Fargo Ransomware aims at vulnerable Microsoft SQL servers

Fargo Ransomware Microsoft SQL servers
MS SQL servers were opted as a breach point by Fargo ransomware

Ransomware rarely chooses the sole type of targets for their attacks. They roam from attacks on small coffee shops to strikes on governmental organisations, with the corresponding adaptations to their software. However, all classic handbooks about offensive operations state that it is important to find a vulnerability of a target and exploit it. Such a tactic became an option for Fargo ransomware – or, as it was known earlier, Mallox or TargetCompany1. Crooks opted for Microsoft SQL as a basis for their attacks.

How do hackers use MS-SQL?

Microsoft SQL is a database management system, developed by a technological giant from Redmond. It has a decent market share, which creates a big pool of potential victims for crooks. But what is more important, MS-SQL has a lot of vulnerabilities that allow the crooks to use it as a gateway to the entire network. And as statistics show, they are pretty active with that approach – through the period of August 24 – September 23, there were over a hundred attack cases.

Fargo ransomware submissions

According to the researchers, the infection chain of Fargo ransomware begins with the download of the .NET file by the MS-SQL process using cmd.exe and powershell.exe. The downloaded file loads additional malware then generates and executes a BAT file that disables certain processes and services.

List of the processes disabled by Fargo ransomware:



After that, the malware injects itself into AppLaunch.exe and tries to delete the registry key of the Raccine utility, which is used to kill any processes that try to delete shadow copies in Windows using vssadmin.exe. In addition, the malware disables recovery and terminates all processes associated with databases to make their contents available for encryption. It also creates and modifies the following registry entries:

Key created \REGISTRY\USER\S-1-5-21-2513283230-931923277-594887482-1000_CLASSES\tohnichi_auto_file\shell\open\command rundll32.exe
Set value (str) \REGISTRY\USER\S-1-5-21-2513283230-931923277-594887482-1000_CLASSES\tohnichi_auto_file\shell\open\command\ = "%SystemRoot%\\system32\\NOTEPAD.EXE %1" rundll32.exe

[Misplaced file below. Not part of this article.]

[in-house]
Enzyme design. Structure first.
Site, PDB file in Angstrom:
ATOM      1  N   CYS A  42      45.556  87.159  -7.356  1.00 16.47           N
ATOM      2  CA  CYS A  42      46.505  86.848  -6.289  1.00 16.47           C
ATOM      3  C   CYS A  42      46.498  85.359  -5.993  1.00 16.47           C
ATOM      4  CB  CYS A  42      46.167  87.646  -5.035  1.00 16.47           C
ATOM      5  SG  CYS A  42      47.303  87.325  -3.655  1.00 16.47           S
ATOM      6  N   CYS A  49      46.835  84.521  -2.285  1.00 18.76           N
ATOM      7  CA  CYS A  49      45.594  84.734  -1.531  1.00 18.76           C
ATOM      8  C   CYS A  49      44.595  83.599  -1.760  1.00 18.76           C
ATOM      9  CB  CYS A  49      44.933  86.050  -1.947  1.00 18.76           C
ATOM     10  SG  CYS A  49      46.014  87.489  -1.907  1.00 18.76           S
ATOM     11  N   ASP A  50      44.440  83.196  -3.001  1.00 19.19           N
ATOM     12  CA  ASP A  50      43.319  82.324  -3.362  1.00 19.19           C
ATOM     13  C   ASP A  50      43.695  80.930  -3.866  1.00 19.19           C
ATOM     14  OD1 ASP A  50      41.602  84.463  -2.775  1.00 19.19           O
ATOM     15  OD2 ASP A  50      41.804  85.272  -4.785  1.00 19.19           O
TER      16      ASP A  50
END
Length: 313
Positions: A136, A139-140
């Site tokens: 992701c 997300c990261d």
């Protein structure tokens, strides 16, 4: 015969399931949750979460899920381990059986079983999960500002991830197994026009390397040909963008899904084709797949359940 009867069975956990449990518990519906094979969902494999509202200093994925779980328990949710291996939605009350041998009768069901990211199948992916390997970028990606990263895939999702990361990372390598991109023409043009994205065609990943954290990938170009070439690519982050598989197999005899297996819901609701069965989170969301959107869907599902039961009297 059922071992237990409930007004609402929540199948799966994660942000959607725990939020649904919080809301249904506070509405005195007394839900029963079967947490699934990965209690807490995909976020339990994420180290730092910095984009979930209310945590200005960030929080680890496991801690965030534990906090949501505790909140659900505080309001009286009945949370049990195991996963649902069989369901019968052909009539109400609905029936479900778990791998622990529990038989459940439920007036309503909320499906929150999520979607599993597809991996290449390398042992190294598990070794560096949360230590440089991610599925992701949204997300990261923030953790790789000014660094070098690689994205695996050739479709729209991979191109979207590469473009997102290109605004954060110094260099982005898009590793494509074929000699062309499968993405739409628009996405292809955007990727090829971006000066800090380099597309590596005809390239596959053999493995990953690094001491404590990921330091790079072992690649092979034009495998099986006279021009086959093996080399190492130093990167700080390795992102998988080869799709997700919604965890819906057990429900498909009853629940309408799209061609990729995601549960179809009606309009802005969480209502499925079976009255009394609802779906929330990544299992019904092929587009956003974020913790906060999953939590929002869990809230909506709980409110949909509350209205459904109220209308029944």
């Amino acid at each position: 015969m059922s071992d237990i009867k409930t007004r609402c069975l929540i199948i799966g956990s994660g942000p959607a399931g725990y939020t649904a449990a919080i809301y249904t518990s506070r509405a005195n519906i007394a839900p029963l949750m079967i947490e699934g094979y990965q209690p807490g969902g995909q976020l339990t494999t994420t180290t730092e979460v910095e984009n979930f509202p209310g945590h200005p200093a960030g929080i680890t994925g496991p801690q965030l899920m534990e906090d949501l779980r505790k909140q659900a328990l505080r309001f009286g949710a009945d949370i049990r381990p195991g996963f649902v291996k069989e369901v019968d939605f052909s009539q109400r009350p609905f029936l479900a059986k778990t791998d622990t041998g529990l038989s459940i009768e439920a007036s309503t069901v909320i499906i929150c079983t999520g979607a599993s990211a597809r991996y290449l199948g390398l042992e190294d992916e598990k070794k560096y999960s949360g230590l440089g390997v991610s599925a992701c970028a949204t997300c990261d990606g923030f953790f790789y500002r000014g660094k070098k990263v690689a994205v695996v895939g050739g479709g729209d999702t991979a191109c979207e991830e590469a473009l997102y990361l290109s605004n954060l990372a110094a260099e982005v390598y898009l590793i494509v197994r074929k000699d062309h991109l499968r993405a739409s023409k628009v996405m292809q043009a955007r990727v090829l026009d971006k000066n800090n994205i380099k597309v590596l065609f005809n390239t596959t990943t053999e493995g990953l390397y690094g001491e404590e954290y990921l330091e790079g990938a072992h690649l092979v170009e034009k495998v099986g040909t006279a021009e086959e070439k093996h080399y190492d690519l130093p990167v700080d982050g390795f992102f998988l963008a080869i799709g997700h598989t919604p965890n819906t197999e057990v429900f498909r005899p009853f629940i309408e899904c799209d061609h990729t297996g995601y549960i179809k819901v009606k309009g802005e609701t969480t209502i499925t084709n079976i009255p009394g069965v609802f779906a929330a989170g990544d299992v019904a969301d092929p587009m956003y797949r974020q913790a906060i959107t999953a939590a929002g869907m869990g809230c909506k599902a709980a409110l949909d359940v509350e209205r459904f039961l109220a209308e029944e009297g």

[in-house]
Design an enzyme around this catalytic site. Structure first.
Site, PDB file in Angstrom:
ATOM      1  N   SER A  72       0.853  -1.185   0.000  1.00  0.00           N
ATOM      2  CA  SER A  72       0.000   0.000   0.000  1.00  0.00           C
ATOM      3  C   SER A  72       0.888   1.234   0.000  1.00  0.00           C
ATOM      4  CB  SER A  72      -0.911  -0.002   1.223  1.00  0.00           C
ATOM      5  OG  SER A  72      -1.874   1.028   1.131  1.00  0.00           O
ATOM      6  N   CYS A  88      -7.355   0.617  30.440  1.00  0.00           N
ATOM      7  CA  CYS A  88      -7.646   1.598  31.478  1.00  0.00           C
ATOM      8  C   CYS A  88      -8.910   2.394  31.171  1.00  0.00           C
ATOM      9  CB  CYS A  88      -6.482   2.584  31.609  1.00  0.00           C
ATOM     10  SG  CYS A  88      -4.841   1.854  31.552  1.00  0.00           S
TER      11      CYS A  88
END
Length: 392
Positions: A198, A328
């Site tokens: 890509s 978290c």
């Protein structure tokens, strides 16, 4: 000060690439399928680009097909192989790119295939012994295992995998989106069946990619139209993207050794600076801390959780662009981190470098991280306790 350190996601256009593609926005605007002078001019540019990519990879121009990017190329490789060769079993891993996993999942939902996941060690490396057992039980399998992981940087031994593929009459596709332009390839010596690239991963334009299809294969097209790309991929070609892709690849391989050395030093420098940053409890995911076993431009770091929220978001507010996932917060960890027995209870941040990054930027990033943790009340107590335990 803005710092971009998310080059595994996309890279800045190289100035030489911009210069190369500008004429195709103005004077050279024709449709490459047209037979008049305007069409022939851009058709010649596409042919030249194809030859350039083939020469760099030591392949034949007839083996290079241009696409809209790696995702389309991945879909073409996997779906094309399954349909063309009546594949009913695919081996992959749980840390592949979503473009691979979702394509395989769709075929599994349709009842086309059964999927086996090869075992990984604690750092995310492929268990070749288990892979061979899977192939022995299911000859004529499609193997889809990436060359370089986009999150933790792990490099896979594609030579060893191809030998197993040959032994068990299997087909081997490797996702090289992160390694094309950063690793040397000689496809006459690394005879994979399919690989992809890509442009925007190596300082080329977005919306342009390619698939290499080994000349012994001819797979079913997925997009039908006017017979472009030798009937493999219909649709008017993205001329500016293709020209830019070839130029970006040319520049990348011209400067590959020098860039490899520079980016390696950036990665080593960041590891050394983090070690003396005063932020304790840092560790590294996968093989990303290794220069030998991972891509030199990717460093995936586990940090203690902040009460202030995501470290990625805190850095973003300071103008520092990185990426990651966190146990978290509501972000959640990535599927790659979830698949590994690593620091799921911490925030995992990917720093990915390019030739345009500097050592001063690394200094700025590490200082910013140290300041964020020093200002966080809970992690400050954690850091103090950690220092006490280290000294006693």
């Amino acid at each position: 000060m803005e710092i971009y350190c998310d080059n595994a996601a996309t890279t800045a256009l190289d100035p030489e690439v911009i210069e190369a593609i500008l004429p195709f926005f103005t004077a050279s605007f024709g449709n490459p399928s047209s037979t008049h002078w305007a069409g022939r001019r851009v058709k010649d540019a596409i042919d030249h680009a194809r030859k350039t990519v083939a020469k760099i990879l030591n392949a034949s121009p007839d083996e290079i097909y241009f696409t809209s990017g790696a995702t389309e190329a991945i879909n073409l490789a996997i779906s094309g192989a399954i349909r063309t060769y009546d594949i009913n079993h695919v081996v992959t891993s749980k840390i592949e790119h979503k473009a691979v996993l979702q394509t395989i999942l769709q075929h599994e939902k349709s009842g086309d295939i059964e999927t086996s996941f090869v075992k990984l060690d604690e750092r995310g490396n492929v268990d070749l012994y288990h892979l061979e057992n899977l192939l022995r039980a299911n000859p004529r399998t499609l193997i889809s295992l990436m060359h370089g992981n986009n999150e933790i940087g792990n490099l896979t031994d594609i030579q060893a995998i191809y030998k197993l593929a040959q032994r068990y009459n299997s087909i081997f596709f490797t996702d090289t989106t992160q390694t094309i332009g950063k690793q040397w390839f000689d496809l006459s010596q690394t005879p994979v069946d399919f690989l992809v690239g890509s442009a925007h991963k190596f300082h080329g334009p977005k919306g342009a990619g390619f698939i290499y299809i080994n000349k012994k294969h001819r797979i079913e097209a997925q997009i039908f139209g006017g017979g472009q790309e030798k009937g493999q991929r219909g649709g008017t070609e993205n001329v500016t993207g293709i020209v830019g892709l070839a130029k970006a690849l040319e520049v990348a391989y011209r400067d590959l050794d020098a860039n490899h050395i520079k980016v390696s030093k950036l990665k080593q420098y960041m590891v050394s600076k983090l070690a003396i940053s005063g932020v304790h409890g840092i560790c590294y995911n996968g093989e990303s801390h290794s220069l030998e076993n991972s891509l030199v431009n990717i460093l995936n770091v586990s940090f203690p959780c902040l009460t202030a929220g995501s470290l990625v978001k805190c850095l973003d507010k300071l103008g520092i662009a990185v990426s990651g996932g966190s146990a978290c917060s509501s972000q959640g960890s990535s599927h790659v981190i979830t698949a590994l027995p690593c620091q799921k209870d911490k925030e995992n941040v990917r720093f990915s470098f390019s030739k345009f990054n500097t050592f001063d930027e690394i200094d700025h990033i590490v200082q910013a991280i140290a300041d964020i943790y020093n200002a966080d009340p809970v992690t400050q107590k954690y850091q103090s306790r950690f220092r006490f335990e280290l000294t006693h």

Key created \REGISTRY\USER\S-1-5-21-2513283230-931923277-594887482-1000_Classes\Local Settings rundll32.exe
Key created \REGISTRY\USER\S-1-5-21-2513283230-931923277-594887482-1000_CLASSES\Local Settings\Software\Microsoft\Windows\Shell\MuiCache rundll32.exe
Key created \REGISTRY\USER\S-1-5-21-2513283230-931923277-594887482-1000_CLASSES\tohnichi_auto_file rundll32.exe
Key created \REGISTRY\USER\S-1-5-21-2513283230-931923277-594887482-1000_CLASSES\.tohnichi rundll32.exe
Key created \REGISTRY\USER\S-1-5-21-2513283230-931923277-594887482-1000_CLASSES\tohnichi_auto_file\shell rundll32.exe
Key created \REGISTRY\USER\S-1-5-21-2513283230-931923277-594887482-1000_CLASSES\tohnichi_auto_file\shell\edit\command rundll32.exe
Set value (str) \REGISTRY\USER\S-1-5-21-2513283230-931923277-594887482-1000_CLASSES\.tohnichi\ = "tohnichi_auto_file" rundll32.exe
Key created \REGISTRY\USER\S-1-5-21-2513283230-931923277-594887482-1000_CLASSES\tohnichi_auto_file\shell\edit rundll32.exe
Key created \REGISTRY\USER\S-1-5-21-2513283230-931923277-594887482-1000_Classes\Local Settings rundll32.exe
Set value (str) \REGISTRY\USER\S-1-5-21-2513283230-931923277-594887482-1000_CLASSES\tohnichi_auto_file\ rundll32.exe
Set value (str) \REGISTRY\USER\S-1-5-21-2513283230-931923277-594887482-1000_CLASSES\tohnichi_auto_file\shell\edit\command\ = "%SystemRoot%\\system32\\NOTEPAD.EXE %1" rundll32.exe
Key created \REGISTRY\USER\S-1-5-21-2513283230-931923277-594887482-1000_CLASSES\tohnichi_auto_file\shell\open rundll32.exe

Still, malware is designed to ignore certain parts of a system – in order to keep it usable and provide the victims access to the ransom note. They generally aim at ciphering databases, MS Office/OpenOffice documents, text files, pictures, videos and image files. After the successful encryption, files receive the .Fargo3 extension. Malware uses a mix of ChaCha20, Curve25519 and AES-128 encryption algorithms, which makes it impossible to decrypt with available decryption tools. The plain text file named RECOVERY FILES.txt shows up the following instructions:

Fargo Ransomware note

Ransom demands

Victims are threatened with the dumping of stolen files on the Telegram channel of ransomware operators if they do not pay a ransom. Experts warn that databases are most often compromised by dictionary and brute-force attacks, i.e. accounts with weak passwords are at risk. In addition, attackers exploit known vulnerabilities that may not be patched. Therefore, an obvious advice for MS-SQL server administrators is to install all the latest security updates for MS-SQL and change passwords to stronger ones. It is also recommended to keep all other software updated since protecting from these crooks does not guarantee protection from many others.

The ransom size may vary, depending on the amount of files ciphered and the time passed after the encryption. The often practise among different ransomware groups is rejecting any cooperation regarding decryption if the company was waiting too long. Moreover, some of them start publishing the leaked data in the Surface Web – even sensitive details may become available to everyone. Contacting the officials can also make crooks angry and lead to sly actions, for example – publishing the details of how they get into the network.

  1. Earlier notes about this group under a different name.

By Stephanie Adlam

I write about how to make your Internet browsing comfortable and safe. The modern digital world is worth being a part of, and I want to show you how to do it properly.

Leave a comment

Your email address will not be published. Required fields are marked *